10 Female Pioneers in the Spirits Industry
As long as spirits have been around, they've been associated with men. Men are the heads of companies, the big guys doing the labor-heavy work of distilling, and the people at the bar drinking whisky.
But women have long been involved in the industry in various ways—they just haven't been celebrated. That's changed in the last decade. Women around the world are running distilleries and producing some of the finest spirits in the world.
Of the countless amazing female distillers and owners, here are 10 who accomplished a major "first" in the spirits industry.
Joy Spence is the first woman in the spirits industry to hold the title of master blender, a title she earned at Jamaican rum company Appleton Estate in 1997. A science lover since childhood, Spence earned a Bachelor of Science at the University of the West Indies, which helped her become Appleton Estate's chief chemist in 1981. Sixteen years later, she rose to the role of master blender, and she's been the central force behind the company's spirit production ever since. In 2005, the Government of Jamaica awarded Spence the Order of Distinction in the Rank of Officer for her extensive service to the industry. In 2018, she was awarded the National Medal for Science and Technology, making her the first woman in Jamaica to receive that award.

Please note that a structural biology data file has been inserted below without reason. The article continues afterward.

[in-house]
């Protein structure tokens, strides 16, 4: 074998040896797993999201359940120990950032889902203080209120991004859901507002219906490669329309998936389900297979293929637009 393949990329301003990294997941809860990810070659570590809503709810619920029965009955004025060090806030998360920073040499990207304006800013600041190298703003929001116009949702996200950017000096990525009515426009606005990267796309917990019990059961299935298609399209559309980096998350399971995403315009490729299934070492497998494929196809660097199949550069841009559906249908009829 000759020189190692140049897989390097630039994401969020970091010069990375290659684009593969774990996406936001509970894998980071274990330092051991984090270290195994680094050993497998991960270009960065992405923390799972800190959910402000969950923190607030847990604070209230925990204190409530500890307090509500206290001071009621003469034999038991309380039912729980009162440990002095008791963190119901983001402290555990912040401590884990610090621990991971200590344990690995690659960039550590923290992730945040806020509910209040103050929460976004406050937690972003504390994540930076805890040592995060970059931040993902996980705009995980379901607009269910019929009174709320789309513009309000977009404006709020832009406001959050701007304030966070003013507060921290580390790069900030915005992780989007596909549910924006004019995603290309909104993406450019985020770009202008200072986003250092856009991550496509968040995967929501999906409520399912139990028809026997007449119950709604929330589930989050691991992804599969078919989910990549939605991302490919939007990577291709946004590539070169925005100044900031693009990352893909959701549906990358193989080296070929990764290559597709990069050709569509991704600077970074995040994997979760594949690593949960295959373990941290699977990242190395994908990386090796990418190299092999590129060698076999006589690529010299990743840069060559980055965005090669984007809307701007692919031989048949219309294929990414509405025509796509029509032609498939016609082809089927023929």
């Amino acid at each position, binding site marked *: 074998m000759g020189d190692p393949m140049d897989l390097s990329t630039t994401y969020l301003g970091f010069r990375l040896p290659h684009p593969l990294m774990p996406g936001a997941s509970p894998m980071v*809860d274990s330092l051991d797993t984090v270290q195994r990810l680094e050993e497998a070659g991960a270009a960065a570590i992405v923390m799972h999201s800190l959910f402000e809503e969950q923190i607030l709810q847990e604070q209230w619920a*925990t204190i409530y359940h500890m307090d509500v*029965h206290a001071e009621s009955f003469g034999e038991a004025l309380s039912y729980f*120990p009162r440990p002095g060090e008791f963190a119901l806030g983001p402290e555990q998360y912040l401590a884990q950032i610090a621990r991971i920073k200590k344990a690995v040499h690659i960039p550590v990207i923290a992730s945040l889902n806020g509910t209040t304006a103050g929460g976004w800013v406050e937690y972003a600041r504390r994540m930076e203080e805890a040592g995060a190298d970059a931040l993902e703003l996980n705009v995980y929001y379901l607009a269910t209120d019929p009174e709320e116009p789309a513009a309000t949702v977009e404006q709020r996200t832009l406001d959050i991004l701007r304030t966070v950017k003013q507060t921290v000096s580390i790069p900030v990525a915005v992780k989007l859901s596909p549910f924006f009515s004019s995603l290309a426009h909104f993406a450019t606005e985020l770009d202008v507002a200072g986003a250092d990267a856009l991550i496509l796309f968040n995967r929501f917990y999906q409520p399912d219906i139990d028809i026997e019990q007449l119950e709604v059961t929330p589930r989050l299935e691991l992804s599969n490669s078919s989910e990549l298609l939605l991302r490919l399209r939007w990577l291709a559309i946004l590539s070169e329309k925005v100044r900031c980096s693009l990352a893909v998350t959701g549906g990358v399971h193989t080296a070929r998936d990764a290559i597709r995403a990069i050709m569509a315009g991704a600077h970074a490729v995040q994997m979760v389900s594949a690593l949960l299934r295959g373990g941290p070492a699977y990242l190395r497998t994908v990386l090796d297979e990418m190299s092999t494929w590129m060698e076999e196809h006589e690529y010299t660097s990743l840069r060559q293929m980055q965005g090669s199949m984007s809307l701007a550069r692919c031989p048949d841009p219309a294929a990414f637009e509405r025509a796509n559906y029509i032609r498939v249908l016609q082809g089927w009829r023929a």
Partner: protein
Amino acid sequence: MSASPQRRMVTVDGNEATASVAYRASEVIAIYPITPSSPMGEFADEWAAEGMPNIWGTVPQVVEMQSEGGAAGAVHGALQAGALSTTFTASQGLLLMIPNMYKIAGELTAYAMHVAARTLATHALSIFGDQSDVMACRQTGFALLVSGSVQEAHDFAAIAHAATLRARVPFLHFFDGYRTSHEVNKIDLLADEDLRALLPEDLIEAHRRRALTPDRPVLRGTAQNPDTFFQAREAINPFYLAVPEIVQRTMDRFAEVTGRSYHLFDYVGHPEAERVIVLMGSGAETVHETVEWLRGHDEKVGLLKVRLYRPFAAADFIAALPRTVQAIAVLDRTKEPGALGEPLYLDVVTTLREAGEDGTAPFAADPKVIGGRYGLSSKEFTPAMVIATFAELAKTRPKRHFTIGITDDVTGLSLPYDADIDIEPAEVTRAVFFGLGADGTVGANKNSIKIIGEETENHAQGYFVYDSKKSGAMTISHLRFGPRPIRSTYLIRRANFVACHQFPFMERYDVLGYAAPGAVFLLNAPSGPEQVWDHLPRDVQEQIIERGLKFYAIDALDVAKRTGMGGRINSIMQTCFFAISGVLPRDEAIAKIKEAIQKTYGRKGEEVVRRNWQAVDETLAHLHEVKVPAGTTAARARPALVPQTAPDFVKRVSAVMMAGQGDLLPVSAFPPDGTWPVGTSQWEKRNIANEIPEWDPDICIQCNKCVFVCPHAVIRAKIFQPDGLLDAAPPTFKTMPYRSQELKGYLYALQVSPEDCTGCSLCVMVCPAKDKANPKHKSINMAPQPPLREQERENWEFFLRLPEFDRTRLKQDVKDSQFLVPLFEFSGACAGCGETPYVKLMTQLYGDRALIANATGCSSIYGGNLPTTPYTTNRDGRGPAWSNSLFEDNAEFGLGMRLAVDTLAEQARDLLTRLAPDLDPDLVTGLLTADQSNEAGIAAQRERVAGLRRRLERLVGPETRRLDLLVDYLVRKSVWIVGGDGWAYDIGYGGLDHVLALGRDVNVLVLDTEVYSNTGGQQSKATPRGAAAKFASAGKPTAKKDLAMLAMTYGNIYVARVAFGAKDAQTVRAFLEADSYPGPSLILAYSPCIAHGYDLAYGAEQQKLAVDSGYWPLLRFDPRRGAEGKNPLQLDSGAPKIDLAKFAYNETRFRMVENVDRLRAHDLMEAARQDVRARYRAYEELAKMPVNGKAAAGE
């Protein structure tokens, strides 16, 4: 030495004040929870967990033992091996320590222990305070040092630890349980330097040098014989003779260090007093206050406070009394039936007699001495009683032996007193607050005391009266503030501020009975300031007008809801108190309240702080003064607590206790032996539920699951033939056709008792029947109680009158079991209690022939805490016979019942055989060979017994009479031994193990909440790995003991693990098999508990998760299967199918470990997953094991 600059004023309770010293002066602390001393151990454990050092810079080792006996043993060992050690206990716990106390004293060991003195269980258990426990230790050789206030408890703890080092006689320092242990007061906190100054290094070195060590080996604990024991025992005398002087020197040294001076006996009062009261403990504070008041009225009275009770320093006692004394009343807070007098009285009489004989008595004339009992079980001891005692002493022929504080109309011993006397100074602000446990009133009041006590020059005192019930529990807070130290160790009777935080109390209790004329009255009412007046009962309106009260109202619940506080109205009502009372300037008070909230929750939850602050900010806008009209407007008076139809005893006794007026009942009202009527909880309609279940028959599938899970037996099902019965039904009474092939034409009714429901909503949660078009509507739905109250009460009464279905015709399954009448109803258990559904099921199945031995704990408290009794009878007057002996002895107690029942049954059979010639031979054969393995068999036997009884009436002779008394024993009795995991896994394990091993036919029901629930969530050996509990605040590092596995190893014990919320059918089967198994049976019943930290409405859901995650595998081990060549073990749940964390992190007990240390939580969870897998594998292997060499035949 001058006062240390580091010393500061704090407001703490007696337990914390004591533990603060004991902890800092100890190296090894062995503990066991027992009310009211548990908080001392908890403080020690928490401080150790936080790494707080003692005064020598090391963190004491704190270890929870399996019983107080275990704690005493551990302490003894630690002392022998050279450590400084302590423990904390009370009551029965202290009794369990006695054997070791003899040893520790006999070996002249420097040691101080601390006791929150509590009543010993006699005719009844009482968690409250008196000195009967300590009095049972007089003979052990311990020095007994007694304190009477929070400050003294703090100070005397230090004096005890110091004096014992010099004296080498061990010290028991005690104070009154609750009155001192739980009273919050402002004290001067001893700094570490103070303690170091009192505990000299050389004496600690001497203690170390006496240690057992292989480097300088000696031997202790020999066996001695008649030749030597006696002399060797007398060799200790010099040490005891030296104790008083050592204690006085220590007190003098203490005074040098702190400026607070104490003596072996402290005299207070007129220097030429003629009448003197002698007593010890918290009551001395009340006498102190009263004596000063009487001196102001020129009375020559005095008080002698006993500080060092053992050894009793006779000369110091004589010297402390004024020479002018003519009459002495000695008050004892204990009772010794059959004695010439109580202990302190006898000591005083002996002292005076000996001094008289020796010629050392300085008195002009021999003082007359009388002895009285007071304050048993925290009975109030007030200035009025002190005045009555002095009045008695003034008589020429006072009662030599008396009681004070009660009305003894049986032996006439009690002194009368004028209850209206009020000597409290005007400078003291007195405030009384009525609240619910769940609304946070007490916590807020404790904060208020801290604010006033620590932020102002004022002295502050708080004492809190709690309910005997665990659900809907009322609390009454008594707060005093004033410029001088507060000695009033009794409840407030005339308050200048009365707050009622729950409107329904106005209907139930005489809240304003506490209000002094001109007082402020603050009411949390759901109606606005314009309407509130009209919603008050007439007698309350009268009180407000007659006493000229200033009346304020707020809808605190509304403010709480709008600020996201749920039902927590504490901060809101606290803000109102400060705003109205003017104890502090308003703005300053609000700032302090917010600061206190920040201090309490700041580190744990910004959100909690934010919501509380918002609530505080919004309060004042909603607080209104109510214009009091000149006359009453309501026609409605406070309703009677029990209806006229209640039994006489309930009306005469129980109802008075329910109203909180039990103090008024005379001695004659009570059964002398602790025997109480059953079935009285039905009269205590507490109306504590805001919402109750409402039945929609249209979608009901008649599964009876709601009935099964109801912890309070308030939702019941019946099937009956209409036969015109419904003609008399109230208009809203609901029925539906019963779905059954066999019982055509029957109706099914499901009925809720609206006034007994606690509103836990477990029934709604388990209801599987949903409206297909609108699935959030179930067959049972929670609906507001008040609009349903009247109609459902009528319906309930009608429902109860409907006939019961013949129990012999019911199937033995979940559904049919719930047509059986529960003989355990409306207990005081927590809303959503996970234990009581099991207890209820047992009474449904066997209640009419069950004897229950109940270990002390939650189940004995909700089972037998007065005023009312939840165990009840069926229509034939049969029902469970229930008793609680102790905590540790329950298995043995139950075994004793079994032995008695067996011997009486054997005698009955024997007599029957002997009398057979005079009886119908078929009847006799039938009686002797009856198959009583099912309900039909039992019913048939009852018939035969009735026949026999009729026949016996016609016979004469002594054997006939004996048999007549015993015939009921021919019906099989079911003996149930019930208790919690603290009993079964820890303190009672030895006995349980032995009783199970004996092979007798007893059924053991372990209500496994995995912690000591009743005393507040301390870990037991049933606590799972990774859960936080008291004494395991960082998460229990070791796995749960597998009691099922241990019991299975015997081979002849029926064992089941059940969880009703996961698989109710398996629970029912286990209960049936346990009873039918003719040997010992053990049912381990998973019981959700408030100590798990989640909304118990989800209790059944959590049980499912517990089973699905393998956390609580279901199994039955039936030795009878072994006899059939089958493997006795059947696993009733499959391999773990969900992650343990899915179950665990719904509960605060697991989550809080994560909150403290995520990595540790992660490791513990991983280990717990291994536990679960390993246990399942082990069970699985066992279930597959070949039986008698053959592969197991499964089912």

As master Scotch blender for Brown-Forman's three distilleries in Scotland, Rachel Barrie is credited with being one of the only female Scotch whisky blenders in the spirits industry—and some say the first ever. After studying chemistry at the University of Edinburgh in Scotland, Barrie became a research scientist at the Scotch Whisky Research Institute. She worked at various distilleries before moving to Brown-Forman's BenRiach, Glenglassaugh, and GlenDronach distilleries. In 2018, she was awarded an honorary doctorate from the University of Edinburgh for her 26 years of service to the whisky industry, making her the first female master blender to receive that distinction.